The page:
SEELECTS of ‘Slavic and East-European Lectures’ is een lezingenreeks. Het biedt een forum aan nationale en internationale onderzoekers. De thema’s die aan bod komen hebben alle betrekking op Oost- en Zuidoost-Europa, maar beperken zich niet tot Slavische topics alleen. De thema’s zijn eerder breed explorerend dan eng toegespitst.

SEELECTS or ‘Slavic and East-European lectures’ is a series of scholarly lectures. It is a forum for national and international scholars. All presentations cover East and Southeast Europe, but are not restricted to Slavic topics alone. The talks are rather broad and exploratory, than all too narrow or specific.


Programma 2021-2022

Organizer: Pieter Troch & Aleksey Yudin

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    Translating Architecture: Venetian Public Interpreters and the Making of Muslim Spaces in the Adriatic

    18:00Campus Boekentoren: Plateau-Rozier. Lokaal 2.4

    Petar Strunje (doctoral fellow, Università IUAV di Venezia/University of Zagreb)

    Shortly after the 4th Ottoman–Venetian War (1570–1573), the changing political and economic circumstances led the Venetian Republic to institute a specialized system of trade with the Ottoman Empire following bilateral negotiations. This was backed with a series of infrastructural investments such as road and port building and the construction of customs offices, lazarettos (quarantine facilities) and the fondachi – warehouses, trade houses (bourse) and housing facilities all in one. All Muslims arriving on Venetian territories were constrained to stay in a fondaco. While being places of financial and social control, these buildings were also equipped with religious spaces, sanitary facilities, furniture and internal organization according to the Turkish custom. We will take a look at these specific solutions in the Venetian building tradition, reconstructing the debate and the translation process that led to their formation while highlighting the actors who were responsible for mediation between the commissioners (the Venetian Republic) and the users (Muslim traders) in this Mediterranean game of exchange.

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    Citizens without Borders: Yugoslavia and its Migrant Workers in Western Europe

    18:00Campus Boekentoren: Blandijn. Lokaal 6.60

    Brigitte Le Normand (Assistant Professor, Universiteit Maastricht)

    Among Eastern Europe’s postwar socialist states, Yugoslavia was unique in allowing its citizens to seek work abroad in Western Europe’s liberal democracies. Brigitte Le Normand will present her book, which charts the evolution of the relationship between Yugoslavia and its labour migrants who left to work in Western Europe in the 1960s and 1970s. It examines how migrants were perceived by policy-makers and social scientists and how they were portrayed in popular culture, including radio, newspapers, and cinema.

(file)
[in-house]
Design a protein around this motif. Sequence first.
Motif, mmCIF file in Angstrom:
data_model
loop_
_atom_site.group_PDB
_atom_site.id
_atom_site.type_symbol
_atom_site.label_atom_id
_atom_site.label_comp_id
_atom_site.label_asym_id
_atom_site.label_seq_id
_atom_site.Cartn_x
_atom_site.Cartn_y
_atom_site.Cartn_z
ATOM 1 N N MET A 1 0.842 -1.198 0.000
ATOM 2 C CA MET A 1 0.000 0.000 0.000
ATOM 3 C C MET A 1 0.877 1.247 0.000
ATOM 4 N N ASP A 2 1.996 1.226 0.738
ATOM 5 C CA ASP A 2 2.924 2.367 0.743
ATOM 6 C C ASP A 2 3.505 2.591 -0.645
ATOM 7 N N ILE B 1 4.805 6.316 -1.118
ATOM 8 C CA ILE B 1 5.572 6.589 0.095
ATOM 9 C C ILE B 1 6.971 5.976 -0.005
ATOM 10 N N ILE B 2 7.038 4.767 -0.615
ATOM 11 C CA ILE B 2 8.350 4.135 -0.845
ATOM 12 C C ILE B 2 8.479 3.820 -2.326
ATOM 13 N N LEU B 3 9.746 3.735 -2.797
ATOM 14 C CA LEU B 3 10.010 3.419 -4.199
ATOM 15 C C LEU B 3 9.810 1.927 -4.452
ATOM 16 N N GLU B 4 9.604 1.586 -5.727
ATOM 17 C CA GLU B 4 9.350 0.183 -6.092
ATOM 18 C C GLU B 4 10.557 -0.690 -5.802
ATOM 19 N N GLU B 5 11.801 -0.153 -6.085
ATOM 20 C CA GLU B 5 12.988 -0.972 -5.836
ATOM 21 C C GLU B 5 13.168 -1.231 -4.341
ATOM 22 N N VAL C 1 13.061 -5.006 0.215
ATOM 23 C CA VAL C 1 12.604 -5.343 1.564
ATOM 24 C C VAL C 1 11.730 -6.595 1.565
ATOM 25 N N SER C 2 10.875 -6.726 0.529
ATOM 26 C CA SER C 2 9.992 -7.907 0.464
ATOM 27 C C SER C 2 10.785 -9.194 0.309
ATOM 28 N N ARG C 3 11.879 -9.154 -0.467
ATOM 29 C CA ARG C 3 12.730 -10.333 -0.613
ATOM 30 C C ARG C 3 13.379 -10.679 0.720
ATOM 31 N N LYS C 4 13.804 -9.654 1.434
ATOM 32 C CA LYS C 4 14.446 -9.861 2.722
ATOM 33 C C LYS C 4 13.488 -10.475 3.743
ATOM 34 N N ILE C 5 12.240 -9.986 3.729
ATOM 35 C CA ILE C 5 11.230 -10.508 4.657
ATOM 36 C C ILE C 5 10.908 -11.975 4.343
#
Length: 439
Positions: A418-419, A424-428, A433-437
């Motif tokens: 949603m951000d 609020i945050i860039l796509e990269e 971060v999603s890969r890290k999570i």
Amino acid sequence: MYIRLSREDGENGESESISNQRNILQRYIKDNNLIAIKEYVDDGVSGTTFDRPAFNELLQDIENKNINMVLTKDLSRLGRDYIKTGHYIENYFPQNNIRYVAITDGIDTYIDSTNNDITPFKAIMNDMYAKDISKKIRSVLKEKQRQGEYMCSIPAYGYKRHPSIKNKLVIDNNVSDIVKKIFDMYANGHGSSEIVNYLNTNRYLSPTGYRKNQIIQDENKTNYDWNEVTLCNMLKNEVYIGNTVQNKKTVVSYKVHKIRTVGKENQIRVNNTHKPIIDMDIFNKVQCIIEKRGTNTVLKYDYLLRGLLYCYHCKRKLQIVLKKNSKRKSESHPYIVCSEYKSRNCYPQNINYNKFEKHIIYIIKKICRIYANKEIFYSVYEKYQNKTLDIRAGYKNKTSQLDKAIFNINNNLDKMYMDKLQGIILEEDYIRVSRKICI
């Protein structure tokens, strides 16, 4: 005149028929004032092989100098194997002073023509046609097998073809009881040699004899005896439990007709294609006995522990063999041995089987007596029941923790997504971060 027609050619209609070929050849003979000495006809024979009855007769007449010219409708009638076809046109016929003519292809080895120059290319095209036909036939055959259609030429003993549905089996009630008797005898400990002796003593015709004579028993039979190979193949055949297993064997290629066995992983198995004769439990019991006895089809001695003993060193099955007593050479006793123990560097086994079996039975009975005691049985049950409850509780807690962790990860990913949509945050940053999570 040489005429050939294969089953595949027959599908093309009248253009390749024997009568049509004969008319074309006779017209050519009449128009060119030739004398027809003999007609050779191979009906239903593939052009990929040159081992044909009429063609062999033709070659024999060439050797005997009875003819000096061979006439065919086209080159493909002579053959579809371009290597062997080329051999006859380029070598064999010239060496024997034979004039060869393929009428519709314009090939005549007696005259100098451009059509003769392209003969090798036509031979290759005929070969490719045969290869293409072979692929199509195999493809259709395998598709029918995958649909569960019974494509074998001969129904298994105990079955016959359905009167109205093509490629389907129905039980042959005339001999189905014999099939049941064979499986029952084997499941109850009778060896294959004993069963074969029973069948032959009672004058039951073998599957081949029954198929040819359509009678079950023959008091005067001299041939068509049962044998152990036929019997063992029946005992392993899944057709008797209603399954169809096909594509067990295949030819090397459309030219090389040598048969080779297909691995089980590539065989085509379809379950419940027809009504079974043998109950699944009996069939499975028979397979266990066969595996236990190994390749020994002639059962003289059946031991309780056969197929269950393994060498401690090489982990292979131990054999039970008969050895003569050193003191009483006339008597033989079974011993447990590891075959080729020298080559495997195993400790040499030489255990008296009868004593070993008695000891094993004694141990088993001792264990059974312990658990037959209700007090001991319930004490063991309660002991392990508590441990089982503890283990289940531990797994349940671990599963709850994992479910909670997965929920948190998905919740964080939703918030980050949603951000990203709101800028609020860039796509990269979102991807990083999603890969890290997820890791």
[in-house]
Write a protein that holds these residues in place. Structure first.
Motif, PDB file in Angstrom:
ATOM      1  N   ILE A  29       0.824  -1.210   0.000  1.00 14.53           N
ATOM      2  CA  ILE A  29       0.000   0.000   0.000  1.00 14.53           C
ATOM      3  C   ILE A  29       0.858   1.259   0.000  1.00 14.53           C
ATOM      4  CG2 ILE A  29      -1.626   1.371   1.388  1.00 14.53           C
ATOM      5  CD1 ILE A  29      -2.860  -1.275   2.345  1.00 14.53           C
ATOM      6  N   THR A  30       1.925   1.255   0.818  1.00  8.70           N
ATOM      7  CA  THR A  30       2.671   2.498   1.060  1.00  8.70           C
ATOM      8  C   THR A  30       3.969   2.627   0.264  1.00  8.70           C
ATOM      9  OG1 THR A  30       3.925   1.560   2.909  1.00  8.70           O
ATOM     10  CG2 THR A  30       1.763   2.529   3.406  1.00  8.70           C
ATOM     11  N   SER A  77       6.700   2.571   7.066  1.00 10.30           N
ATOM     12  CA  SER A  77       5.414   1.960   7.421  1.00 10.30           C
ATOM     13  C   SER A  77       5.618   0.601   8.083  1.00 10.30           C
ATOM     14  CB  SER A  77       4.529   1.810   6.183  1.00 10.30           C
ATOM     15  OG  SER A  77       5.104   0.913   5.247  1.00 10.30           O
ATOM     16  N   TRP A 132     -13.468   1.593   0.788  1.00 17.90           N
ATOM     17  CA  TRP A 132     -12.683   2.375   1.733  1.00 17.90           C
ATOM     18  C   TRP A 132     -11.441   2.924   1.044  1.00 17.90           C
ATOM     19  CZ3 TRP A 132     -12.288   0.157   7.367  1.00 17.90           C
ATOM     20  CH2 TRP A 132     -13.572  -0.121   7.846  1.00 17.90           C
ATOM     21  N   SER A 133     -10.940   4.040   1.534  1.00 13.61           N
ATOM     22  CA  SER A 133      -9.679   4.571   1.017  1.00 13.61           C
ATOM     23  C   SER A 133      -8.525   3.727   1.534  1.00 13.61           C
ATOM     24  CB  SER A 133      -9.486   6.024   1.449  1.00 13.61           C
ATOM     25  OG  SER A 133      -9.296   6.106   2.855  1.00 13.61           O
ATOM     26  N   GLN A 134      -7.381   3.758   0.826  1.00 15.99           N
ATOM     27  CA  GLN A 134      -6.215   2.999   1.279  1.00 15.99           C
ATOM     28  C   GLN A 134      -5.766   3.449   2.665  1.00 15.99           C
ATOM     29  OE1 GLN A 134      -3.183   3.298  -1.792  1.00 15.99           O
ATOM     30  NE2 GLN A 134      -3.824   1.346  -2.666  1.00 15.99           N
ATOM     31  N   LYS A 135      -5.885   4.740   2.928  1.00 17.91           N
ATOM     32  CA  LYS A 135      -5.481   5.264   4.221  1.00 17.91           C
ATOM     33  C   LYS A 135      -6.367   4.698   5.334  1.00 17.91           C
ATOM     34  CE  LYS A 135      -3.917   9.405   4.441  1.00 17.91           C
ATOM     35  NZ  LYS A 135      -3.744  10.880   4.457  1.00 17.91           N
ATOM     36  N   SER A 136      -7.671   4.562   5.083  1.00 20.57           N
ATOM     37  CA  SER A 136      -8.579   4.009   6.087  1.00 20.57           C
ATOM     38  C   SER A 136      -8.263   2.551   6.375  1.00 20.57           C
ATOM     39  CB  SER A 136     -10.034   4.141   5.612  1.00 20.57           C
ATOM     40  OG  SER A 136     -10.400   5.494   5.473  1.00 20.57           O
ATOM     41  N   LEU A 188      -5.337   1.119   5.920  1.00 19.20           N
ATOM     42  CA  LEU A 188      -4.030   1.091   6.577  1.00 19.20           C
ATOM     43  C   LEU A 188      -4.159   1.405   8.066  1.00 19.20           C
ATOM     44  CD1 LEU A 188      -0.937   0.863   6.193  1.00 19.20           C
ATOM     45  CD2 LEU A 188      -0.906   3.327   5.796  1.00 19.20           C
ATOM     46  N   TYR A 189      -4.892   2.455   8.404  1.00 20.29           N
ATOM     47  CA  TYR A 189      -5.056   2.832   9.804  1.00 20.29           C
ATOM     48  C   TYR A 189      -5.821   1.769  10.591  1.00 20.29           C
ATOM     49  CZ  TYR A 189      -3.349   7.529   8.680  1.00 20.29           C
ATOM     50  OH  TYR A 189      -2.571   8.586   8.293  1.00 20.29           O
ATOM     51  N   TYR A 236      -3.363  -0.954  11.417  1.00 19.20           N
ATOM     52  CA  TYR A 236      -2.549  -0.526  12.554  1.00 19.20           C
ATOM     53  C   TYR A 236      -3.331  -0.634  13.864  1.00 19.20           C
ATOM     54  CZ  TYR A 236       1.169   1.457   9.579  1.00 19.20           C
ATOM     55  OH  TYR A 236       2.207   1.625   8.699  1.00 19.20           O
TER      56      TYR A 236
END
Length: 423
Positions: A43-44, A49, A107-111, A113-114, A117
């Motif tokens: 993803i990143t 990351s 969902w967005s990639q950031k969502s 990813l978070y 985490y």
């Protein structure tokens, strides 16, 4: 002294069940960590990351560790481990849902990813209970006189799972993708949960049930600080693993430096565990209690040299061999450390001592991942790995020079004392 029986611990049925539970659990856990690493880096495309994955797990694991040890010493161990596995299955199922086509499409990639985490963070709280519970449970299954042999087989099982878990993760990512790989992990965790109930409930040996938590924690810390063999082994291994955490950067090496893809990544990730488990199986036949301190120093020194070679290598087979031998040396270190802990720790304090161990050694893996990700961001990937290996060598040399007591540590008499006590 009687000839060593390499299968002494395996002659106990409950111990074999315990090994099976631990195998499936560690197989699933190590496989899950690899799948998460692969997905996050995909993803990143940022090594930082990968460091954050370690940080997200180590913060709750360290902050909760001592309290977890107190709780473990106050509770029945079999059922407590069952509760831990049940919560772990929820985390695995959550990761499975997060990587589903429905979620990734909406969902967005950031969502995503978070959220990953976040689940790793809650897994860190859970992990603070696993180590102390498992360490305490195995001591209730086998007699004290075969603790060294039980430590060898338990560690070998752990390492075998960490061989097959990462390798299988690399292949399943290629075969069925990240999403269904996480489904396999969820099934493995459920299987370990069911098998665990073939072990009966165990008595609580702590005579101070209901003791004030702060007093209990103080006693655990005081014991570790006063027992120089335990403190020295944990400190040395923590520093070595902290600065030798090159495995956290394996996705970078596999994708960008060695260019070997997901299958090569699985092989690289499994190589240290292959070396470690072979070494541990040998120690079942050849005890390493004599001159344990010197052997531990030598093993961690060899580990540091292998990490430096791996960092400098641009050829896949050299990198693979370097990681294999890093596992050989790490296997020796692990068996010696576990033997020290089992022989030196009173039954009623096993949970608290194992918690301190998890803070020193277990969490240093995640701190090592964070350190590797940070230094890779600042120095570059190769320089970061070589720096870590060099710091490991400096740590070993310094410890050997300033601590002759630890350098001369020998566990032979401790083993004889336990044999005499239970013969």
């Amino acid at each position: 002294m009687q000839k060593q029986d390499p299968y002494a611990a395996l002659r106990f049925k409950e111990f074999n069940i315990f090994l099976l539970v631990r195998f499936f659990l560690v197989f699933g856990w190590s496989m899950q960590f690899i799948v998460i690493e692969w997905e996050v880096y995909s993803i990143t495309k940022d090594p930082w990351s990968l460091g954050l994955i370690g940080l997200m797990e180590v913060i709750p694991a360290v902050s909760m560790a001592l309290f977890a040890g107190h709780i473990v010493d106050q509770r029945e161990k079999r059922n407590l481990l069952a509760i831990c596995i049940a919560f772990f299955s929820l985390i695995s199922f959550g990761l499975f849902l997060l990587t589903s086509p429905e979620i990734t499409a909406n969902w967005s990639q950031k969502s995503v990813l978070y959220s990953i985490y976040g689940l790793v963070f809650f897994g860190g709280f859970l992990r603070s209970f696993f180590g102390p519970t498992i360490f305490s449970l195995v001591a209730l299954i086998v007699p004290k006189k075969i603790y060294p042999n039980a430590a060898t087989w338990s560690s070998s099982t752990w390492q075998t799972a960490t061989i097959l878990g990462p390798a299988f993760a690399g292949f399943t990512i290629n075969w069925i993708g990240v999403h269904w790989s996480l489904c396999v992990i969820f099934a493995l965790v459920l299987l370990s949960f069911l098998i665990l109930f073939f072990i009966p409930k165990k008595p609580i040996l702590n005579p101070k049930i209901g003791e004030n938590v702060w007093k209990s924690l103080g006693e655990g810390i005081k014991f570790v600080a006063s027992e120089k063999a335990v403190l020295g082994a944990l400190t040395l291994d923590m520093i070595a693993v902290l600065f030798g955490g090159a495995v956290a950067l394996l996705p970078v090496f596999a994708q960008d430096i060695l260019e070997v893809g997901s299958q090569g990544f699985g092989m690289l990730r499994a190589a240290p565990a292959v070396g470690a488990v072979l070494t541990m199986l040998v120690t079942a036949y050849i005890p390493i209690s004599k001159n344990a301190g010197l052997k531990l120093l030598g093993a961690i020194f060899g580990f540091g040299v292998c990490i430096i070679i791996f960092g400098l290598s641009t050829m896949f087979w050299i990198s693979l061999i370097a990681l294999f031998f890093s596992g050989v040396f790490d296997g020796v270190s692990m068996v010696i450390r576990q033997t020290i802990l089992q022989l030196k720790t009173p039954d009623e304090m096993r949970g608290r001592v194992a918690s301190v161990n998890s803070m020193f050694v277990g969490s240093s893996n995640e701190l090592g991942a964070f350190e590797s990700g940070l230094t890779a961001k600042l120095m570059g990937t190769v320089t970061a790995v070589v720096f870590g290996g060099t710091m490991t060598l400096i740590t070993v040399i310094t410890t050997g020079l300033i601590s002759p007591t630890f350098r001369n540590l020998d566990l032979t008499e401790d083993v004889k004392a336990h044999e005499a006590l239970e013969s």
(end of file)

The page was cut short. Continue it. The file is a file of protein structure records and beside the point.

Created to nurture ties with migrants and their children, state cultural, educational, and informational programs were a way of continuing to govern across international borders. These programs relied heavily on the promotion of the idea of homeland. Le Normand examines the many ways in which migrants responded to these efforts and how they perceived their own relationship to the homeland, based on their migration experiences. Citizens without Borders shows how, in their efforts to win over migrant workers, the different levels of government – federal, republic, and local – promoted sometimes widely divergent notions of belonging, grounded in different concepts of "home."


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    A glimpse into the history of Soviet linguistics: Stalin and the puzzle of the “Kursk-Oryol dialect”

    18:00Blandijn leslokaal 6.60

    prof. Leonid Kulikov (Gent-Louvain-la-Neuve)

    This talk will focus on a half-forgotten episode from the history of Soviet linguistics. In 1950, at the end of the discussion about Marxism in linguistics, Stalin made the puzzling claim that the Russian national language is based on the so-called ‘Kursko-Orlovskij’ dialect. Outlining the historical context of these years (the end of the dominance of Marr’s New Theory of Language, or “Japhetidology”), the lecture will try to uncover possible origins of this statement.

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    GEANNULEERD - (Mis)Managing the Past: Politics of 'Decommunisation' in Ukraine, 1990s – 2021

    18:00Campus Boekentoren: Blandijn. Lokaal 6.60

    Georgi Kassianov (Lublin)

    The paper provides a brief outline of the politics of 'decommunisation' undertaken by different mnemonic actors in Ukraine since the end of 1980s. 'Decommunisation' is the process of dismantling the legacies of the communist state establishments, culture, and psychology in the post-communist space. Special attention will be paid to the final 'decommunisation' effort in 2015 - 2021, after special 'decommunisation' laws were passed by the Ukrainian Parliament. The presentation will analyse interests and roles of political actors, societal responses and political outcomes of 'decommunisation'.



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